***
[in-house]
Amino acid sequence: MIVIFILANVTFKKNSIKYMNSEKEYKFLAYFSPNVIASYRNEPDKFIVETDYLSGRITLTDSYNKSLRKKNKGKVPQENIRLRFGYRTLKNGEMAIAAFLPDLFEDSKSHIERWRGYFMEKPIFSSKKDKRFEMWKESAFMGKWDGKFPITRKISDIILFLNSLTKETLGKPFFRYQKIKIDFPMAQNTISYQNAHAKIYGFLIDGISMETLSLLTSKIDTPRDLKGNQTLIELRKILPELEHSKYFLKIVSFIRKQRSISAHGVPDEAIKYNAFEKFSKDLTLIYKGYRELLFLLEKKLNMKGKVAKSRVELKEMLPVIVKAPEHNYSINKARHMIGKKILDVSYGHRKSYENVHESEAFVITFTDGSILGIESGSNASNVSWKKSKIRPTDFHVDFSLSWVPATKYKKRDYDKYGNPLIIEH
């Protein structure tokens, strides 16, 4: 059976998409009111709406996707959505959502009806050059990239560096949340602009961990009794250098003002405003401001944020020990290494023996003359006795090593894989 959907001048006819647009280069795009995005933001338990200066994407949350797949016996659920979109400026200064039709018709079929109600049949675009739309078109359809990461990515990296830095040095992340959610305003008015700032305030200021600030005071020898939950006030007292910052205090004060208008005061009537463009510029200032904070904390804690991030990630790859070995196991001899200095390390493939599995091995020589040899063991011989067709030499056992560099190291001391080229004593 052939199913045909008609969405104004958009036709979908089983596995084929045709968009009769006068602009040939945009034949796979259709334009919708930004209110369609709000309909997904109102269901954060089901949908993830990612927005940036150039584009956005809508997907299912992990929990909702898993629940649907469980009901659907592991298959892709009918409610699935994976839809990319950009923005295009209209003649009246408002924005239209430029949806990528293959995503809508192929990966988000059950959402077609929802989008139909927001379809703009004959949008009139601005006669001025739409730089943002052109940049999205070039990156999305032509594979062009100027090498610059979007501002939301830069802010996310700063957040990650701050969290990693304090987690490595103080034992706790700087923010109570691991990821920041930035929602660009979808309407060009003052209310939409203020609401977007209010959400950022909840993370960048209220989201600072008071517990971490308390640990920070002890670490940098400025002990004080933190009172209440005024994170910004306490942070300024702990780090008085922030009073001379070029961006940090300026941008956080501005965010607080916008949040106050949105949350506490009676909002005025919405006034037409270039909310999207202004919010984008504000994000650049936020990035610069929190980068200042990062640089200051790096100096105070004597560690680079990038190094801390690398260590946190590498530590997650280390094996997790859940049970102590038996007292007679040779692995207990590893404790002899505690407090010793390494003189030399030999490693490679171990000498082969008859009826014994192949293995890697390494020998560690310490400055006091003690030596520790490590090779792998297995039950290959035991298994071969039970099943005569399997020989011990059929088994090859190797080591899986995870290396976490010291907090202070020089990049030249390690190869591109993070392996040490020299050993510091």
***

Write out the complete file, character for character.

[in-house]
Amino acid sequence: MIVIFILANVTFKKNSIKYMNSEKEYKFLAYFSPNVIASYRNEPDKFIVETDYLSGRITLTDSYNKSLRKKNKGKVPQENIRLRFGYRTLKNGEMAIAAFLPDLFEDSKSHIERWRGYFMEKPIFSSKKDKRFEMWKESAFMGKWDGKFPITRKISDIILFLNSLTKETLGKPFFRYQKIKIDFPMAQNTISYQNAHAKIYGFLIDGISMETLSLLTSKIDTPRDLKGNQTLIELRKILPELEHSKYFLKIVSFIRKQRSISAHGVPDEAIKYNAFEKFSKDLTLIYKGYRELLFLLEKKLNMKGKVAKSRVELKEMLPVIVKAPEHNYSINKARHMIGKKILDVSYGHRKSYENVHESEAFVITFTDGSILGIESGSNASNVSWKKSKIRPTDFHVDFSLSWVPATKYKKRDYDKYGNPLIIEH
């Protein structure tokens, strides 16, 4: 059976998409009111709406996707959505959502009806050059990239560096949340602009961990009794250098003002405003401001944020020990290494023996003359006795090593894989 959907001048006819647009280069795009995005933001338990200066994407949350797949016996659920979109400026200064039709018709079929109600049949675009739309078109359809990461990515990296830095040095992340959610305003008015700032305030200021600030005071020898939950006030007292910052205090004060208008005061009537463009510029200032904070904390804690991030990630790859070995196991001899200095390390493939599995091995020589040899063991011989067709030499056992560099190291001391080229004593 052939199913045909008609969405104004958009036709979908089983596995084929045709968009009769006068602009040939945009034949796979259709334009919708930004209110369609709000309909997904109102269901954060089901949908993830990612927005940036150039584009956005809508997907299912992990929990909702898993629940649907469980009901659907592991298959892709009918409610699935994976839809990319950009923005295009209209003649009246408002924005239209430029949806990528293959995503809508192929990966988000059950959402077609929802989008139909927001379809703009004959949008009139601005006669001025739409730089943002052109940049999205070039990156999305032509594979062009100027090498610059979007501002939301830069802010996310700063957040990650701050969290990693304090987690490595103080034992706790700087923010109570691991990821920041930035929602660009979808309407060009003052209310939409203020609401977007209010959400950022909840993370960048209220989201600072008071517990971490308390640990920070002890670490940098400025002990004080933190009172209440005024994170910004306490942070300024702990780090008085922030009073001379070029961006940090300026941008956080501005965010607080916008949040106050949105949350506490009676909002005025919405006034037409270039909310999207202004919010984008504000994000650049936020990035610069929190980068200042990062640089200051790096100096105070004597560690680079990038190094801390690398260590946190590498530590997650280390094996997790859940049970102590038996007292007679040779692995207990590893404790002899505690407090010793390494003189030399030999490693490679171990000498082969008859009826014994192949293995890697390494020998560690310490400055006091003690030596520790490590090779792998297995039950290959035991298994071969039970099943005569399997020989011990059929088994090859190797080591899986995870290396976490010291907090202070020089990049030249390690190869591109993070392996040490020299050993510091």